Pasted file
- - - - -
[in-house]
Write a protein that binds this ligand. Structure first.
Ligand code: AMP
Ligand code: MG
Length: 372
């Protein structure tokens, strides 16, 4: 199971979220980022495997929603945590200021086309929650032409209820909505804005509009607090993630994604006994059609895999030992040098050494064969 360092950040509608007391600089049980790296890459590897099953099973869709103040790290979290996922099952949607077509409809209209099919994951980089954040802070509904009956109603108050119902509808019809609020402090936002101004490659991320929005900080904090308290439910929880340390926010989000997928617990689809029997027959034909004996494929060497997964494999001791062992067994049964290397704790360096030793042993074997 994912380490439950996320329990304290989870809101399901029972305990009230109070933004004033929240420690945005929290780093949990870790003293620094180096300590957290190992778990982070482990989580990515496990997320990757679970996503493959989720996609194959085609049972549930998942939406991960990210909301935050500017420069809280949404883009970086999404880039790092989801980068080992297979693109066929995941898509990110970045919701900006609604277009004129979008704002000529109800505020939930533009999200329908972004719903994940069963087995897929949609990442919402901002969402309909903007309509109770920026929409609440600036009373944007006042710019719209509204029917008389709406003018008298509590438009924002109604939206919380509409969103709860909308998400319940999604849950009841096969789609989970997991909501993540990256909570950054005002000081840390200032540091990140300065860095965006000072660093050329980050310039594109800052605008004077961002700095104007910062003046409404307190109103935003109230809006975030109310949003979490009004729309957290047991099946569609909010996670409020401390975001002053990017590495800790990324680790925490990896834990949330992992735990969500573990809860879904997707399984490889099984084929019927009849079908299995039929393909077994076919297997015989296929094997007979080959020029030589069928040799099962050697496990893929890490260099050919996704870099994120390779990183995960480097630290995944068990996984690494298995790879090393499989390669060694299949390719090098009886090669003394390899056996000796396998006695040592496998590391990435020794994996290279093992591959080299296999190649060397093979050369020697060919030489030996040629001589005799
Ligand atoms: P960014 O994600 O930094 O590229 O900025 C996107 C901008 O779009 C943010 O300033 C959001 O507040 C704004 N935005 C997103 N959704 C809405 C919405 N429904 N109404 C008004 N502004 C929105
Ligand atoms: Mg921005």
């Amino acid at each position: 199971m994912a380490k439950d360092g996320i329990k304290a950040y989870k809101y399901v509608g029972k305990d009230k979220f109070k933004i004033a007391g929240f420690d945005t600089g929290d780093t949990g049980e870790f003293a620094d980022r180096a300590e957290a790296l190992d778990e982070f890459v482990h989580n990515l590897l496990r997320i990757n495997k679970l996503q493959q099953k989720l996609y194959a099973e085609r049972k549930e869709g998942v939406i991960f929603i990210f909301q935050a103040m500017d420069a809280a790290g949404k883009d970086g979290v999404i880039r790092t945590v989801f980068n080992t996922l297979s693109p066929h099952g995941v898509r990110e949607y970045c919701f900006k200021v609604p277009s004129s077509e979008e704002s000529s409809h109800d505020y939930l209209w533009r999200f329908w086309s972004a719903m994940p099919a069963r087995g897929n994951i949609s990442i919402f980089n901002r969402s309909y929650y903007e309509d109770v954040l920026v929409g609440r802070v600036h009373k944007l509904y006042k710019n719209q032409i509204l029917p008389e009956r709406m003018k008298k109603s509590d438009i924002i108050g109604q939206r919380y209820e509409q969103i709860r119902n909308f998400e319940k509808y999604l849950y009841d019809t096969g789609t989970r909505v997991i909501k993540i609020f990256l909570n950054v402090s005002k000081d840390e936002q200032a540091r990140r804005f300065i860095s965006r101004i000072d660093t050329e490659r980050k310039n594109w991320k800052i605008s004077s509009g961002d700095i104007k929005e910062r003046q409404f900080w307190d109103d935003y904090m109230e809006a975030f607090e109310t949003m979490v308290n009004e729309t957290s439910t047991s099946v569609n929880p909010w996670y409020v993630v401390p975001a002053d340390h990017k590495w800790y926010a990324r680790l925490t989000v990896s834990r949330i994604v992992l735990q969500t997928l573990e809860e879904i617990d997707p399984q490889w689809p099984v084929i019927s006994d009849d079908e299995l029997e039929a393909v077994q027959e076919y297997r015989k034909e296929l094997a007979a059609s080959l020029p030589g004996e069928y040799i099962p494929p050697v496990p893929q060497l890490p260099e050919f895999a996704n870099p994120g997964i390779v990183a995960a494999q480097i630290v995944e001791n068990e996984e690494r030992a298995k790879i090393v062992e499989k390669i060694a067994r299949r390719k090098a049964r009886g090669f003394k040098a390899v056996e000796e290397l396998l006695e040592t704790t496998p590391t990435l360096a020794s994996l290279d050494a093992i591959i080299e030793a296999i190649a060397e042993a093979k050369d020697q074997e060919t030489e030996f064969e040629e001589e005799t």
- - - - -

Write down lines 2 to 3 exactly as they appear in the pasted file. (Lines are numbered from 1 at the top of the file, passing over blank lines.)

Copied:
Write a protein that binds this ligand. Structure first.
Ligand code: AMP